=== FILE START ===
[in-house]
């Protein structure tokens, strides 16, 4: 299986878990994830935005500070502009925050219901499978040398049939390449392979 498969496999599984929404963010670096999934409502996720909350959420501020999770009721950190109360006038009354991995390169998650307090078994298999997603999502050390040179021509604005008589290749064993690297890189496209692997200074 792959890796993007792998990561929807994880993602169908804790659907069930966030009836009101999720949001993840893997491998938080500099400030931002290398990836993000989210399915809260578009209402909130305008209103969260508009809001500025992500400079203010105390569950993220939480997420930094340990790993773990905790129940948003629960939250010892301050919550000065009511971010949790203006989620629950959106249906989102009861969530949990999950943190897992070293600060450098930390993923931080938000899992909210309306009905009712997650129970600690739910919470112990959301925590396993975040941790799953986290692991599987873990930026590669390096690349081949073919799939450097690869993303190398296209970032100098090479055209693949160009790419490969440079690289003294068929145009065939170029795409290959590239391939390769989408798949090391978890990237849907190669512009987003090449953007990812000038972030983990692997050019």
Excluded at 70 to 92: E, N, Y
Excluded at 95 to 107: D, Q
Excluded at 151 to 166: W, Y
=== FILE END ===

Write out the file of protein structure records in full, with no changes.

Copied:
[in-house]
């Protein structure tokens, strides 16, 4: 299986878990994830935005500070502009925050219901499978040398049939390449392979 498969496999599984929404963010670096999934409502996720909350959420501020999770009721950190109360006038009354991995390169998650307090078994298999997603999502050390040179021509604005008589290749064993690297890189496209692997200074 792959890796993007792998990561929807994880993602169908804790659907069930966030009836009101999720949001993840893997491998938080500099400030931002290398990836993000989210399915809260578009209402909130305008209103969260508009809001500025992500400079203010105390569950993220939480997420930094340990790993773990905790129940948003629960939250010892301050919550000065009511971010949790203006989620629950959106249906989102009861969530949990999950943190897992070293600060450098930390993923931080938000899992909210309306009905009712997650129970600690739910919470112990959301925590396993975040941790799953986290692991599987873990930026590669390096690349081949073919799939450097690869993303190398296209970032100098090479055209693949160009790419490969440079690289003294068929145009065939170029795409290959590239391939390769989408798949090391978890990237849907190669512009987003090449953007990812000038972030983990692997050019």
Excluded at 70 to 92: E, N, Y
Excluded at 95 to 107: D, Q
Excluded at 151 to 166: W, Y